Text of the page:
The Palouse is a region of the northwestern United States, encompassing parts of southeastern Washington, north central Idaho and, in some definitions, extending south into northeast Oregon. It is a major agricultural area, primarily producing wheat and legumes. Situated about 160 miles north of the Oregon Trail, the region experienced rapid growth in the late 19th century, and at one time, the population of the Palouse surpassed even that of the Puget Sound area as the most populous region of the state. The region is home to two land grant universities, the University of Idaho in Moscow and Washington State University in Pullman. Located just eight miles apart, both schools opened in the early 1890s.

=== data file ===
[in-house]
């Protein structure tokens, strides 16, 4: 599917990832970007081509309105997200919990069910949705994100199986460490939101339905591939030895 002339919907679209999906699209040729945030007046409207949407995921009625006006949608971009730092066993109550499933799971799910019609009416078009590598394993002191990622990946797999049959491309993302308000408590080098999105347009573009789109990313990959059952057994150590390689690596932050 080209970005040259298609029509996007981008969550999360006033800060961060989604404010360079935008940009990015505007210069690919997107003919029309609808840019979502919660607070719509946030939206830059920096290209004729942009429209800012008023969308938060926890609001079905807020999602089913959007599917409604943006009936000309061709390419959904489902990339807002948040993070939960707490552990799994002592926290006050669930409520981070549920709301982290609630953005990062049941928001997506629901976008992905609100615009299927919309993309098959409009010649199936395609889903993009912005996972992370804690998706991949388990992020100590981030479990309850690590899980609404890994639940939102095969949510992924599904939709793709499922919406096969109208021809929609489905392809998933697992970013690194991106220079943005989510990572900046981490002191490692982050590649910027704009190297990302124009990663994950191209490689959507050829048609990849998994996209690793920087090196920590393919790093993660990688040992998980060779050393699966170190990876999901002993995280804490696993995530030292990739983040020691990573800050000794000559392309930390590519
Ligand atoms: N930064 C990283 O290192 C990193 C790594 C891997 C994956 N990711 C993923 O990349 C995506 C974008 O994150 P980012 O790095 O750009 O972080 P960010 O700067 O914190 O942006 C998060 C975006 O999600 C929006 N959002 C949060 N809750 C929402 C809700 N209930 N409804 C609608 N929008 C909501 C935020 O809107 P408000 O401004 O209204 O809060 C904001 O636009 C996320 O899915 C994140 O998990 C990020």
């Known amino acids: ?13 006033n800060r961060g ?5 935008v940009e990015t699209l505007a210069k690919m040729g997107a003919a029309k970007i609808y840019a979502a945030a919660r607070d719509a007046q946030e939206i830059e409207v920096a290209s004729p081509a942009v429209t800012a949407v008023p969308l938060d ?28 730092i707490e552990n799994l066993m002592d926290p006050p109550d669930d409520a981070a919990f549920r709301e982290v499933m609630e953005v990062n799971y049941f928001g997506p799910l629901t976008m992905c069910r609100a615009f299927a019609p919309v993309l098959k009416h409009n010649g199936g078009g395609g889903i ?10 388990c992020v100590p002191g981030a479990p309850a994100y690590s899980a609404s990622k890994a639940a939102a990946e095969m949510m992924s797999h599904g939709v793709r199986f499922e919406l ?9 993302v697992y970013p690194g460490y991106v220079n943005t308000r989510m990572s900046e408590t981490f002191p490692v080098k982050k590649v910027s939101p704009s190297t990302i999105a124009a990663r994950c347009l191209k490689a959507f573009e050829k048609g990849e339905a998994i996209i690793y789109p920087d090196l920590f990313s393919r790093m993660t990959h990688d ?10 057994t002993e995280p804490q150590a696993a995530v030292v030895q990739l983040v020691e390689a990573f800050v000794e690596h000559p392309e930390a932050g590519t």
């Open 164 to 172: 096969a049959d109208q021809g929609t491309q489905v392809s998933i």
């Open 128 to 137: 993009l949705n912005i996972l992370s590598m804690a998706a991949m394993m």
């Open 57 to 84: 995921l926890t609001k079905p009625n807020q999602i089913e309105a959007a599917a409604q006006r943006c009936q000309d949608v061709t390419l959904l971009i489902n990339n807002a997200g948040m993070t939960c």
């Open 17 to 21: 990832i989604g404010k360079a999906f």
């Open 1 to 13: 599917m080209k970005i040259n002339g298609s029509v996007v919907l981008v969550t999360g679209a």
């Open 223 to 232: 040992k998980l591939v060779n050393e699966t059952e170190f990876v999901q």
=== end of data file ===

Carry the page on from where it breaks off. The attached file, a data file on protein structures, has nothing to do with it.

Traditionally, the Palouse region was defined as the fertile hills and prairies north of the Snake River, which separated it from Walla Walla Country, and north of the Clearwater River, which separated it from the Camas Prairie, extending north along the Washington and Idaho border, south of Spokane, centered on the Palouse River. This region underwent a settlement and wheat-growing boom during the 1880s, part of a larger process of growing wheat in southeast Washington, originally pioneered in the Walla Walla Country south of the Snake River.